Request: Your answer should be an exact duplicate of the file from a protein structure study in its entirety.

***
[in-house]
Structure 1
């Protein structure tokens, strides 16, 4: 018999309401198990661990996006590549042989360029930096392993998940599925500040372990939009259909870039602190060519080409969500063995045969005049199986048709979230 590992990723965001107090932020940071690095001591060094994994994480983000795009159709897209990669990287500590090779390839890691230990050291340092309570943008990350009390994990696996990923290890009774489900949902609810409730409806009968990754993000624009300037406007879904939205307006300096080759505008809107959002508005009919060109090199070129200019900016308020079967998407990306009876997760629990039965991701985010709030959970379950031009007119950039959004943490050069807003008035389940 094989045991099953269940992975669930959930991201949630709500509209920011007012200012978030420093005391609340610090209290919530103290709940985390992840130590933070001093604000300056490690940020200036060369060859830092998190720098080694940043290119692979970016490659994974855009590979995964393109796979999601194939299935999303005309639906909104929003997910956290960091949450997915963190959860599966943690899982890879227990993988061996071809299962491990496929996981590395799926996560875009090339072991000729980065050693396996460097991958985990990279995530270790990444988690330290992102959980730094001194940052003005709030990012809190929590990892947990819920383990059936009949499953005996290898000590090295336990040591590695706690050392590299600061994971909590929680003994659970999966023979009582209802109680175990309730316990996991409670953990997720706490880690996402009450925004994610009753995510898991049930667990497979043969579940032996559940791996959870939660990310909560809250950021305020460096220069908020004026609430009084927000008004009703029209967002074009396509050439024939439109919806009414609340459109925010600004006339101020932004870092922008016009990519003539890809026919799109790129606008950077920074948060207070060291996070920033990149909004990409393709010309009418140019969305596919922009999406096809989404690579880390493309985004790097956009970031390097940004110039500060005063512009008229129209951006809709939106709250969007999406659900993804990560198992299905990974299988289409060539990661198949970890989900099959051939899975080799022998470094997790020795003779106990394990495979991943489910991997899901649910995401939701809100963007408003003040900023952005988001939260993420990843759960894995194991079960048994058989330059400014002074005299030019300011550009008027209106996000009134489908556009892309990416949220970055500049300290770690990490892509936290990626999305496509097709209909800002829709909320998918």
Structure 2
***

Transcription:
[in-house]
Structure 1
């Protein structure tokens, strides 16, 4: 018999309401198990661990996006590549042989360029930096392993998940599925500040372990939009259909870039602190060519080409969500063995045969005049199986048709979230 590992990723965001107090932020940071690095001591060094994994994480983000795009159709897209990669990287500590090779390839890691230990050291340092309570943008990350009390994990696996990923290890009774489900949902609810409730409806009968990754993000624009300037406007879904939205307006300096080759505008809107959002508005009919060109090199070129200019900016308020079967998407990306009876997760629990039965991701985010709030959970379950031009007119950039959004943490050069807003008035389940 094989045991099953269940992975669930959930991201949630709500509209920011007012200012978030420093005391609340610090209290919530103290709940985390992840130590933070001093604000300056490690940020200036060369060859830092998190720098080694940043290119692979970016490659994974855009590979995964393109796979999601194939299935999303005309639906909104929003997910956290960091949450997915963190959860599966943690899982890879227990993988061996071809299962491990496929996981590395799926996560875009090339072991000729980065050693396996460097991958985990990279995530270790990444988690330290992102959980730094001194940052003005709030990012809190929590990892947990819920383990059936009949499953005996290898000590090295336990040591590695706690050392590299600061994971909590929680003994659970999966023979009582209802109680175990309730316990996991409670953990997720706490880690996402009450925004994610009753995510898991049930667990497979043969579940032996559940791996959870939660990310909560809250950021305020460096220069908020004026609430009084927000008004009703029209967002074009396509050439024939439109919806009414609340459109925010600004006339101020932004870092922008016009990519003539890809026919799109790129606008950077920074948060207070060291996070920033990149909004990409393709010309009418140019969305596919922009999406096809989404690579880390493309985004790097956009970031390097940004110039500060005063512009008229129209951006809709939106709250969007999406659900993804990560198992299905990974299988289409060539990661198949970890989900099959051939899975080799022998470094997790020795003779106990394990495979991943489910991997899901649910995401939701809100963007408003003040900023952005988001939260993420990843759960894995194991079960048994058989330059400014002074005299030019300011550009008027209106996000009134489908556009892309990416949220970055500049300290770690990490892509936290990626999305496509097709209909800002829709909320998918």
Structure 2